Vadim Ghirda AP

After admitting to one of the most surprising art thefts in recent history, two men have been sentenced to 6 years and 8 months in prison. They are part of a Romanian gang that stole seven works by masters including Pablo Picasso, Henri Matisse, Claude Monet and Paul Gauguin from a Rotterdam museum last autumn.

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The Salt
11:34 am
Tue November 26, 2013

Beer-Tapping Physics: Why A Hit To A Bottle Makes A Foam Volcano

Morgan Walker NPR

Originally published on Wed November 27, 2013 10:37 am

Ah, the old beer-tapping prank: One strong hit on the top of an open beer bottle, and poof! Your IPA explodes into a brewski volcano.

"In one second, most of your beer has really turned into foam," says physicist Javier Rodriguez Rodriguez of Carlos III University in Madrid. "You better have put the bottle into your mouth, because you need to drink whatever is coming out."

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The Two-Way
11:32 am
Tue November 26, 2013

WHO's Error Leads To Misguided Meme About Greeks And HIV

Facebook.com/WorldHealthOrganization

We don't want to spread misinformation, but we do want to do what we can to correct it.

So, just to be clear:

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All Tech Considered
11:31 am
Tue November 26, 2013

Census Aims To Bring Statistics Home With A New Mobile App

A new app by the U.S. Census Bureau is intended to help Americans understand their communities --€” both current and future.
U.S. Census Bureau

Originally published on Tue November 26, 2013 2:41 pm

The U.S. Census Bureau keeps a vast and valuable store of anonymous statistics about Americans — their demographics, their neighborhoods, their professions, their households, and more.

Now the agency's putting that information in the palm of your hand.

The bureau on Tuesday announced the release of dwellr, a mobile application that allows users to select their preferences — for housing, demographics and other factors — and learn ideal places for them to visit or live.

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The Two-Way
11:24 am
Tue November 26, 2013

Jury Orders Newegg To Pay $2.3 Million In 'Patent Troll' Case

Originally published on Tue November 26, 2013 3:47 pm

The online retailer Newegg has lost a patent case centering on Web encryption, after a Texas jury rejected its argument that a claim from the company TQP Development was invalid. The jury ordered Newegg to pay $2.3 million — less than half the damages TQP had sought.

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Shots - Health News
11:07 am
Tue November 26, 2013

Part-Time Workers With Minimal Health Coverage Get New Options

But maybe not the insurance.
Karl Dolenc iStockphoto

In January, part-time workers who have so-called mini-med health insurance plans with very limited benefits and annual caps on payments will begin to lose that coverage.

Under the health care overhaul, they can't be renewed after the beginning of the year. For some, that may be just as well. Part-timers likely will have better options in January.

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Food
11:05 am
Tue November 26, 2013

Don't Stuff The Turkey And Other Tips From 'America's Test Kitchen'

Originally published on Tue November 26, 2013 3:24 pm

If there's one Thanksgiving mistake Jack Bishop sees more than any other, it's people rushing to carve their birds. Bishop is editorial director of the public TV series America's Test Kitchen. He tells Fresh Air's Terry Gross, "Turkey needs to rest before you carve it ... and a lot fewer juices will end up on the carving board."

Bishop and Bridget Lancaster, also of America's Test Kitchen, share their tips for buying, seasoning and cooking a turkey, and describe some of their favorite side dishes.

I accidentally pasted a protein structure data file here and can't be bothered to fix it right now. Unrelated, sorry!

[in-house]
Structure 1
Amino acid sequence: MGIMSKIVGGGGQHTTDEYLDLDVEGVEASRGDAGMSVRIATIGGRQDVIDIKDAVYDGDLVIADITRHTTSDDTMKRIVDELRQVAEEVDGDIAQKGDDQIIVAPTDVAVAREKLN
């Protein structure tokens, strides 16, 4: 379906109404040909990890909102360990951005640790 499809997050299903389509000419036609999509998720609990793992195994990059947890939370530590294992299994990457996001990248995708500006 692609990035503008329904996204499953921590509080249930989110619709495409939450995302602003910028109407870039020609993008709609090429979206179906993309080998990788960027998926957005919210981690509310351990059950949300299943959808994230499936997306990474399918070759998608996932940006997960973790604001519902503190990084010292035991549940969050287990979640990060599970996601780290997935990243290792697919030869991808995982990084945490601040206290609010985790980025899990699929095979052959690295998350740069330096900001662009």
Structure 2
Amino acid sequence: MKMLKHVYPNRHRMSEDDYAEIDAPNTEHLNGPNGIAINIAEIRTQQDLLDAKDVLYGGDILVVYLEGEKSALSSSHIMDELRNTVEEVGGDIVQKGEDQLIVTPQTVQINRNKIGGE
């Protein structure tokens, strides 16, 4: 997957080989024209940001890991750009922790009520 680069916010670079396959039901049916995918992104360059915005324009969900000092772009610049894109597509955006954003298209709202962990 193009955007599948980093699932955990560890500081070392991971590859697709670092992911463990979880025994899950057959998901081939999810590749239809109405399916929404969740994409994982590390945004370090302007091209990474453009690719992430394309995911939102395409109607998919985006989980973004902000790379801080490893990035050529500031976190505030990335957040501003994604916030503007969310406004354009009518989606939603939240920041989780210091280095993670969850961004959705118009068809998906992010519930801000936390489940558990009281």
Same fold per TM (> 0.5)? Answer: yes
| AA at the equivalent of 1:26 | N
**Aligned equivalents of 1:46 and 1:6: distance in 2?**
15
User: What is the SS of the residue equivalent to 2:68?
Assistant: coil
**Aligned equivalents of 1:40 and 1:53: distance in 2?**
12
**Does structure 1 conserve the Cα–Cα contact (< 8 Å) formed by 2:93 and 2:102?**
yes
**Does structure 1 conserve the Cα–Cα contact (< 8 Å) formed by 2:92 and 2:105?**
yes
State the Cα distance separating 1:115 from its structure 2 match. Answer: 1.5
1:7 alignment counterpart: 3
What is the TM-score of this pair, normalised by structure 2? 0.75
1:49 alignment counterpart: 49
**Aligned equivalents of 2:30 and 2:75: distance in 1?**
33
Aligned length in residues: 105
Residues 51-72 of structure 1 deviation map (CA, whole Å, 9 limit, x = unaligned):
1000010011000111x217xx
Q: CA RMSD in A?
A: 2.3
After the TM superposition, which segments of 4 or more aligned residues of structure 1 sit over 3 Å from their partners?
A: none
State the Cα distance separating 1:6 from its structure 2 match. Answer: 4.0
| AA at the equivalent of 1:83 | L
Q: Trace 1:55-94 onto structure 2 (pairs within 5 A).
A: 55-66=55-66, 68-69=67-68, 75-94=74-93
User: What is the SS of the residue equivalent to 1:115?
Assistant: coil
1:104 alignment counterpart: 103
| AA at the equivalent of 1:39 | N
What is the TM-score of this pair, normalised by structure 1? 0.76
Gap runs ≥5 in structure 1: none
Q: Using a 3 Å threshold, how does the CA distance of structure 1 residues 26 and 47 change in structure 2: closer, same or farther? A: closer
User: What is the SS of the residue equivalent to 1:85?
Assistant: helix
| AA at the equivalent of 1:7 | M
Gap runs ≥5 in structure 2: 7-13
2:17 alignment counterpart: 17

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The Two-Way
11:03 am
Tue November 26, 2013

U.S. Flies B-52s Through China's Proclaimed Airspace

Jet diplomacy: A B-52. According to reports, two flew through an area that China now claims is within its air defense zone.
Andy Rain EPA/Landov

Originally published on Tue November 26, 2013 5:13 pm

"A pair of American B-52 bombers flew over a disputed island chain in the East China Sea" on Monday, according to The Wall Street Journal, "in a direct challenge to China and its establishment of an expanded air-defense zone."

Citing "U.S. officials" as its sources, the Journal adds that Chinese authorities were not told in advance of the planes' flights.

Update at 7 p.m. ET: A Risk For Accidents

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Parallels
10:55 am
Tue November 26, 2013

Once A U.S. Favorite, Hamid Karzai Now Source Of Frustration

Afghan President Hamid Karzai attends the Loya Jirga, or grand assembly, in Kabul on Sunday. The assembly approved a deal that would allow the U.S. to keep troops in Afghanistan beyond 2014. But Karzai has not yet agreed to sign the deal.
Rahmat Gul AP

Back in 2001, the U.S. strongly backed Hamid Karzai as the best man to rebuild Afghanistan after the Taliban had been driven out of power.

Karzai had a solid base among the dominant Pashtun ethnic group. With his fluent English, he seemed at ease with U.S. and other Western leaders. And he appeared reasonable and moderate, in stark contrast to the Taliban's extremism.

Yet today, the Afghan president is a source of endless frustration for the Americans.

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Monkey See
10:39 am
Tue November 26, 2013

Katie Couric And Yahoo!: Two Brands Wondering What's Next

Katie Couric made her name on NBC's Today show, which she hosted for 15 years. Since leaving the network in 2006, Couric has anchored CBS Evening News and launched her own daytime talk show on ABC, Katie.
Ida Mae Astute AP

Originally published on Tue November 26, 2013 3:56 pm

Depending on which analyst you read, Katie Couric's move to become "global anchor" for Yahoo! News is either a "bad bet" and an "awkward fit," or an "upheaval in the pecking order" that could "signal the end of old media dominance."

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The Two-Way
10:27 am
Tue November 26, 2013